As you can see the cauliflower looks fairly healthy regardless- but some of the underleaves look very rough, and clearly the root nibbles were not good for the plant. I’m giving them a little extra fertilizer and hopefully they’ll rebound. Cabbage fly is an awful pest but much more deadly to root brassicas than leaf brassicas- especially a cauliflower of this size that’s well developed.

That being said I have baby romanesco all over the garden and I’m going to have to be very diligent in checking their roots for eggs. In a baby leaf brassica cabbage fly can be fatal.

Speaking of baby cabbages, the new shade fabric bed filled with brassicas and lettuce is starting to sprout. I sowed the bed in a frenzy and didn’t write down what was what… but I think I sowed tokyo market turnips and komatsuna closer to the fence along with radishes and mizuna- and then lettuces and arugula closer to the path. I think. The point is it looks like it’s all coming up so go shade bed!

My new potted chervil is doing well- it looks like chervil is more of a pot herb then a bed herb. You can see the little fronds on top, that’s fresh growth, a sign that the chervil likes its new moist shady spot.

Besides the issues I’m having with the parsley in the shade bed, the lemon balm has gotten quite tall. I’m attempting to try to grow a few new plants from cuttings but so far the lemon balm hasn’t taken. The pineapple mint has though, I have several growing from cuttings.

As you can see they’re quite vigorous. I’m also attempting to grow some thyme from cuttings, jury’s out on that one. Cuttings are a crapshoot- like 60% just don’t take. But with a little surestart and some love some will- and then you can multiply your plants. This is especially useful in plants like mint and thyme which can be used as borders or ground cover- expensive to buy all the plants you need to cover such a space- much cheaper to take care of a few vigorous specimens and over the course of a few months take cutting after cutting until you have enough for your needs.

I wish my chives were doing better. There’s a very un-chive like sprout in the garlic chive pot which makes me think weed, and the regular chives are barely growing. Are they getting too much sun? Should I have sowed more thickly? I just really want some dang garlic chives! Back to the drawing board I figure.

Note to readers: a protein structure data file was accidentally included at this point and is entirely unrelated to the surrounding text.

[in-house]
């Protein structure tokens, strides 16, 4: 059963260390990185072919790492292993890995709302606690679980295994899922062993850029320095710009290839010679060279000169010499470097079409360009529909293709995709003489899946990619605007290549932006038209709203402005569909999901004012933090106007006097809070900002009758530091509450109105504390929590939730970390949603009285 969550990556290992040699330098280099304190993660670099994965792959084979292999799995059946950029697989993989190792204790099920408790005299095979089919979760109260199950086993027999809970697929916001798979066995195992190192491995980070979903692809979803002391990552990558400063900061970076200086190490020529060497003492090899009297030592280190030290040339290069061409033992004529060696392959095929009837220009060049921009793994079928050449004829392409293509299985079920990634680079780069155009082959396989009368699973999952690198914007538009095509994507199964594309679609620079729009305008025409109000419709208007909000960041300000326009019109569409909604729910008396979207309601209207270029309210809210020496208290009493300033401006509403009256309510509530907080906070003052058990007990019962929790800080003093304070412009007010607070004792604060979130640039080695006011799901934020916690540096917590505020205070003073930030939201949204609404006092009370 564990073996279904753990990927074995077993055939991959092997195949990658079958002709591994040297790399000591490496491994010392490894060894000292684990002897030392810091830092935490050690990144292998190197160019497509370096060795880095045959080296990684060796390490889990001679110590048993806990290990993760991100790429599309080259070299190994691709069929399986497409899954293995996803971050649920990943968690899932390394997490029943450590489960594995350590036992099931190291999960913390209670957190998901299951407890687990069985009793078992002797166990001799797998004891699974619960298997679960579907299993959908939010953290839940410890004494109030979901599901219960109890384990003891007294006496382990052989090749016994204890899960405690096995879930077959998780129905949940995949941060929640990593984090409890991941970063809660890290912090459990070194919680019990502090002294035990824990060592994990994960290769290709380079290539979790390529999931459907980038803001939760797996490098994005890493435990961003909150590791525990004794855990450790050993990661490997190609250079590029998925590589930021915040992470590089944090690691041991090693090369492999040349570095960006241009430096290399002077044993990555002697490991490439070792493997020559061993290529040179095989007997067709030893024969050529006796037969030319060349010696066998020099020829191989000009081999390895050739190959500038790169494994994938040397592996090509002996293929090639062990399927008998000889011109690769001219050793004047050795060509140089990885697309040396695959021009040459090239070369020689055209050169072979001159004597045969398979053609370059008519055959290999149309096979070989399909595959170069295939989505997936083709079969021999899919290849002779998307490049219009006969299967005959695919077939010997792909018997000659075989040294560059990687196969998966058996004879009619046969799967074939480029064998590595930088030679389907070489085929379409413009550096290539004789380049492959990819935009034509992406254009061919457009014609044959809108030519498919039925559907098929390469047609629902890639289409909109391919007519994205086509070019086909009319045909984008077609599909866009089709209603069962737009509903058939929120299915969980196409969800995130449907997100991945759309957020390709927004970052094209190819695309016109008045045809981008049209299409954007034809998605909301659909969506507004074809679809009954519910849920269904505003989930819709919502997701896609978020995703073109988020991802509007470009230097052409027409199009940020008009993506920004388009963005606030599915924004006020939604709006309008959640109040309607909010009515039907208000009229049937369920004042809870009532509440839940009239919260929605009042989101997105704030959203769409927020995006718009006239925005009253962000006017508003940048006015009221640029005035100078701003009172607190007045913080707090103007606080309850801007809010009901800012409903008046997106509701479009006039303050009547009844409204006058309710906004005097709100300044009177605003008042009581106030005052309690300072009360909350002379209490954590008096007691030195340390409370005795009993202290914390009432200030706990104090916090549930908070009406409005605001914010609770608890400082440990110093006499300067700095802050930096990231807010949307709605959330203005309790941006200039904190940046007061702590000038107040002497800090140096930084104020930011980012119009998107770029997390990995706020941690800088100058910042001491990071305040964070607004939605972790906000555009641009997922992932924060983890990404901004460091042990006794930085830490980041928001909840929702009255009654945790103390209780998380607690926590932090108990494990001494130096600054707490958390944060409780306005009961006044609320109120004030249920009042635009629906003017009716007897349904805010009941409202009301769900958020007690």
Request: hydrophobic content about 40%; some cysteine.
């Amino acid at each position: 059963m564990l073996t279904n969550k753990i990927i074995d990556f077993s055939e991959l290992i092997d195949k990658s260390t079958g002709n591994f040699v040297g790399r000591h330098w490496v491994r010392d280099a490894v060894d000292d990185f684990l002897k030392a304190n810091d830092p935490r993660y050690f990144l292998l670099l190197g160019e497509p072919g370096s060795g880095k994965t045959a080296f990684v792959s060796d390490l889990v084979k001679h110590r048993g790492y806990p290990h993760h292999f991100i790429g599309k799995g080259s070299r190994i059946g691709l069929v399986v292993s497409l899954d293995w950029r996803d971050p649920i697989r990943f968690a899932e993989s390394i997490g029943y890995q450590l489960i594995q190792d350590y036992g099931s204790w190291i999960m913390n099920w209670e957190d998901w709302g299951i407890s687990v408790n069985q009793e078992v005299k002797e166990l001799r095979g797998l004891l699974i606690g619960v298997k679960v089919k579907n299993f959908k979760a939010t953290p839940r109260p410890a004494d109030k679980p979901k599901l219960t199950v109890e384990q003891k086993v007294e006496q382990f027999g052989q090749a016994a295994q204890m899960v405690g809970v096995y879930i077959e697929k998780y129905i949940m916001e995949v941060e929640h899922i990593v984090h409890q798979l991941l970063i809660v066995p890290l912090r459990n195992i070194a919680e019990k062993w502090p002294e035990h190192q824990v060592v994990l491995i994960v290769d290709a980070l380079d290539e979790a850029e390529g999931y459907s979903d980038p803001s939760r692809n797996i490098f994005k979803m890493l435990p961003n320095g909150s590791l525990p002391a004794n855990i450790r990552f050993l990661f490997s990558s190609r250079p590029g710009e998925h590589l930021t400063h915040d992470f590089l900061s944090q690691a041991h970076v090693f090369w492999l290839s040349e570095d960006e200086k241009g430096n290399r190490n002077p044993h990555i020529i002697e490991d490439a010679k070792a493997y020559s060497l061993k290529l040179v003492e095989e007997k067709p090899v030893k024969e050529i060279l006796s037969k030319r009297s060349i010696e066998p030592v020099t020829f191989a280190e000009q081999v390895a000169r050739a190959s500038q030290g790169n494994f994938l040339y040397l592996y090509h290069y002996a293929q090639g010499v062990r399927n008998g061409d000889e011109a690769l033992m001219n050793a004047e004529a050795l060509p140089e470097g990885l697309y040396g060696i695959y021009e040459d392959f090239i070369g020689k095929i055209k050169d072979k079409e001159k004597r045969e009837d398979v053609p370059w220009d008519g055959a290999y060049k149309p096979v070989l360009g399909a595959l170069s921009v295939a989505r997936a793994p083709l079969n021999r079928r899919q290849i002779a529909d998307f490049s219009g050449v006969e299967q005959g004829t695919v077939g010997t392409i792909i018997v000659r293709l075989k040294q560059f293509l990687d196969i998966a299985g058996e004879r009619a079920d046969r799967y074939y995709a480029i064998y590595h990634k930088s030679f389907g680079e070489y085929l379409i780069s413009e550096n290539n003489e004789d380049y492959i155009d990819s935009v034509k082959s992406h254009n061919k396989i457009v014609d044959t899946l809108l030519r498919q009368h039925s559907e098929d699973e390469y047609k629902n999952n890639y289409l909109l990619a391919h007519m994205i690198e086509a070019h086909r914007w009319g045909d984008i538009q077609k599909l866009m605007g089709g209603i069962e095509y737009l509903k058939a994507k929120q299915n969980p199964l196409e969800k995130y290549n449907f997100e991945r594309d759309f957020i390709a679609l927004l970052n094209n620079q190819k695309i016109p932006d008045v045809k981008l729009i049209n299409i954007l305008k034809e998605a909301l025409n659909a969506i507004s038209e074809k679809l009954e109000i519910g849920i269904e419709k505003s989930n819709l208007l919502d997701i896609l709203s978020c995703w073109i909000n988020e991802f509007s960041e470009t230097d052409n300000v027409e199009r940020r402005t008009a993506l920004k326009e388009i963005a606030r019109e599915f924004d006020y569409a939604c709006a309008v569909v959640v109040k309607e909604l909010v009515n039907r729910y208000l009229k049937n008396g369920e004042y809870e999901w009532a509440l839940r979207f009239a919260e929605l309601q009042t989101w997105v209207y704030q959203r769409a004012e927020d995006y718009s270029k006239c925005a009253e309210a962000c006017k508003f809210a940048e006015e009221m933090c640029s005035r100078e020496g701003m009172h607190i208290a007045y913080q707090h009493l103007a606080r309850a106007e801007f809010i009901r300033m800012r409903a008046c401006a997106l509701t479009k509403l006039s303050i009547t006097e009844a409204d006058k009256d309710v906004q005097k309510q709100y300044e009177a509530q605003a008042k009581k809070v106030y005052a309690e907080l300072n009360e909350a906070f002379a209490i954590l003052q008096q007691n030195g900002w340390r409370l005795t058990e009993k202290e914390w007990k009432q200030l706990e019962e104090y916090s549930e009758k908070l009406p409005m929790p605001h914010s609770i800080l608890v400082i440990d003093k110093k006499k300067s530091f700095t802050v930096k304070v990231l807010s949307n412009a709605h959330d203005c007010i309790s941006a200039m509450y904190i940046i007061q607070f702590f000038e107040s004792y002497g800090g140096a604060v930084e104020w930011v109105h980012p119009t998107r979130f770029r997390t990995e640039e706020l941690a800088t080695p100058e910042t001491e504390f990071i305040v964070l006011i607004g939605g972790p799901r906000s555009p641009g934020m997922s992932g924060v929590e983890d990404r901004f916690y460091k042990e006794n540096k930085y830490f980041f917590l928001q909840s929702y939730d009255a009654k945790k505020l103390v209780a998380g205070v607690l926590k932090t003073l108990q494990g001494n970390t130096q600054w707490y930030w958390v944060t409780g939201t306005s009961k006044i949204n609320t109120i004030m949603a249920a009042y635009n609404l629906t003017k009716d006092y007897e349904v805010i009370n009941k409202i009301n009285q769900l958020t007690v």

The monster squash is growing squash! We picked our first zucchini yesterday and there will be more in the coming days. I suspect much more.

And of course there’s my other zucchini plants in the back which are growing well when the feral cats aren’t sitting on them. I suspect they’ll be too spiky for cat butts soon anyways.

The beans sowed from seed in the back- Kentucky Wonders- are growing nice. They’re mulched and one or two of the Swiss chard seeds have sprouted in front, but they’re too small to mulch. Swiss chard can get huge when planted with beans, due to the nitrogen fixing so fingers crossed. In a week I’ll put up the trellis for these guys- have to check to see if I have enough stakes of the proper size though.

I have concerns about the blue lake pole bean starts though. Some have been just eaten up and are wilting badly, while others are vigorous and putting out new growth.

I had good luck with the haricot vert starts last year and I’m sad those weren’t available but I’ve staggered my pole beans well so I should get a good harvest. Not to mention if the trionfo violetto give harvest early enough I might be able to take advantage of our Indian summers in September/August and plant some late season harvest green beans. After all the soil temp requirements for germination are separate from the growing temperature requirements and as long as we don’t get any frosts I might get some winter beans.

My bigger potatoes are looking a little rough. Much like the spittle bugs on my parsley, earwigs are harmless unless they’re in great numbers. Sadly, much like the high level of spittle bugs on my parsley, the level of earwigs feasting on my potato stems is causing problems- so it’s sluggo time.